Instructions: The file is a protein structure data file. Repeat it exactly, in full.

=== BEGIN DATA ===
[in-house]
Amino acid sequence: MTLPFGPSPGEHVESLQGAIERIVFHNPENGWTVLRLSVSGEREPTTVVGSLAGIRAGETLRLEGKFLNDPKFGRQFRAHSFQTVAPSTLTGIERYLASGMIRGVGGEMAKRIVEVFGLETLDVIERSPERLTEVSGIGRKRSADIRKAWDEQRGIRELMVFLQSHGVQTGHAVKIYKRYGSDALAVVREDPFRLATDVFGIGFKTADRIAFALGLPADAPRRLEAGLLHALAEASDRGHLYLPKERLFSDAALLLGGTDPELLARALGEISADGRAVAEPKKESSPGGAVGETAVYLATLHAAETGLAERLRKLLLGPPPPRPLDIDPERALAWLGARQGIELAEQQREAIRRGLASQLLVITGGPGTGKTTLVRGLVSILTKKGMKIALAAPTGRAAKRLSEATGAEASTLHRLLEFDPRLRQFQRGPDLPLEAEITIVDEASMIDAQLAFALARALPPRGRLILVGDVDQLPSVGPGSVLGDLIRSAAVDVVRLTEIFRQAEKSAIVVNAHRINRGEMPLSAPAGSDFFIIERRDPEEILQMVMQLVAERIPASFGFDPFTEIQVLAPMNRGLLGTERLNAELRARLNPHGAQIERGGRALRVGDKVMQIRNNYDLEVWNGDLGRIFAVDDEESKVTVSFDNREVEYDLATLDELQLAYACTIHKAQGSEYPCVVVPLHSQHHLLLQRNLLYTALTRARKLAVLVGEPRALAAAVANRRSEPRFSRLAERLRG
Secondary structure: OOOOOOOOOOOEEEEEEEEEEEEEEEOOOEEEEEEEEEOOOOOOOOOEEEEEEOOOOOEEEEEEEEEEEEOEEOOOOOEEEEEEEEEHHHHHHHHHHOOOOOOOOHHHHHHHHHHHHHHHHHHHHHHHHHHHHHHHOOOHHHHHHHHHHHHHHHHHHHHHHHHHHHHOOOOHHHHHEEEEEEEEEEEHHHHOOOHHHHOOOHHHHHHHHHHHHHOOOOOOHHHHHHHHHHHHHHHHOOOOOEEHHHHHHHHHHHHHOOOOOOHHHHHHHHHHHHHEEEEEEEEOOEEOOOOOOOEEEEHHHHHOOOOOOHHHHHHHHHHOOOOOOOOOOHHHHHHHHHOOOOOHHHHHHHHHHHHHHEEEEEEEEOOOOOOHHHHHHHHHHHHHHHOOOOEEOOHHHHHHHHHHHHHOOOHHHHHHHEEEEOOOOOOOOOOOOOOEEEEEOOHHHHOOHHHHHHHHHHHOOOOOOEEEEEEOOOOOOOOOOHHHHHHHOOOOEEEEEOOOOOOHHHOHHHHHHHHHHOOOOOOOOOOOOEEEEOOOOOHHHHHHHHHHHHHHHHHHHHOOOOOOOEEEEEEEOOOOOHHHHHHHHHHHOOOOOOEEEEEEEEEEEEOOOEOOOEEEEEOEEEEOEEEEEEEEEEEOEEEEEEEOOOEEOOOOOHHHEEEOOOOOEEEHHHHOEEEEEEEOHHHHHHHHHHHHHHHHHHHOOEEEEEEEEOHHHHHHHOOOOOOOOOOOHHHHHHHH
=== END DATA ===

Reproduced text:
[in-house]
Amino acid sequence: MTLPFGPSPGEHVESLQGAIERIVFHNPENGWTVLRLSVSGEREPTTVVGSLAGIRAGETLRLEGKFLNDPKFGRQFRAHSFQTVAPSTLTGIERYLASGMIRGVGGEMAKRIVEVFGLETLDVIERSPERLTEVSGIGRKRSADIRKAWDEQRGIRELMVFLQSHGVQTGHAVKIYKRYGSDALAVVREDPFRLATDVFGIGFKTADRIAFALGLPADAPRRLEAGLLHALAEASDRGHLYLPKERLFSDAALLLGGTDPELLARALGEISADGRAVAEPKKESSPGGAVGETAVYLATLHAAETGLAERLRKLLLGPPPPRPLDIDPERALAWLGARQGIELAEQQREAIRRGLASQLLVITGGPGTGKTTLVRGLVSILTKKGMKIALAAPTGRAAKRLSEATGAEASTLHRLLEFDPRLRQFQRGPDLPLEAEITIVDEASMIDAQLAFALARALPPRGRLILVGDVDQLPSVGPGSVLGDLIRSAAVDVVRLTEIFRQAEKSAIVVNAHRINRGEMPLSAPAGSDFFIIERRDPEEILQMVMQLVAERIPASFGFDPFTEIQVLAPMNRGLLGTERLNAELRARLNPHGAQIERGGRALRVGDKVMQIRNNYDLEVWNGDLGRIFAVDDEESKVTVSFDNREVEYDLATLDELQLAYACTIHKAQGSEYPCVVVPLHSQHHLLLQRNLLYTALTRARKLAVLVGEPRALAAAVANRRSEPRFSRLAERLRG
Secondary structure: OOOOOOOOOOOEEEEEEEEEEEEEEEOOOEEEEEEEEEOOOOOOOOOEEEEEEOOOOOEEEEEEEEEEEEOEEOOOOOEEEEEEEEEHHHHHHHHHHOOOOOOOOHHHHHHHHHHHHHHHHHHHHHHHHHHHHHHHOOOHHHHHHHHHHHHHHHHHHHHHHHHHHHHOOOOHHHHHEEEEEEEEEEEHHHHOOOHHHHOOOHHHHHHHHHHHHHOOOOOOHHHHHHHHHHHHHHHHOOOOOEEHHHHHHHHHHHHHOOOOOOHHHHHHHHHHHHHEEEEEEEEOOEEOOOOOOOEEEEHHHHHOOOOOOHHHHHHHHHHOOOOOOOOOOHHHHHHHHHOOOOOHHHHHHHHHHHHHHEEEEEEEEOOOOOOHHHHHHHHHHHHHHHOOOOEEOOHHHHHHHHHHHHHOOOHHHHHHHEEEEOOOOOOOOOOOOOOEEEEEOOHHHHOOHHHHHHHHHHHOOOOOOEEEEEEOOOOOOOOOOHHHHHHHOOOOEEEEEOOOOOOHHHOHHHHHHHHHHOOOOOOOOOOOOEEEEOOOOOHHHHHHHHHHHHHHHHHHHHOOOOOOOEEEEEEEOOOOOHHHHHHHHHHHOOOOOOEEEEEEEEEEEEOOOEOOOEEEEEOEEEEOEEEEEEEEEEEOEEEEEEEOOOEEOOOOOHHHEEEOOOOOEEEHHHHOEEEEEEEOHHHHHHHHHHHHHHHHHHHOOEEEEEEEEOHHHHHHHOOOOOOOOOOOHHHHHHHH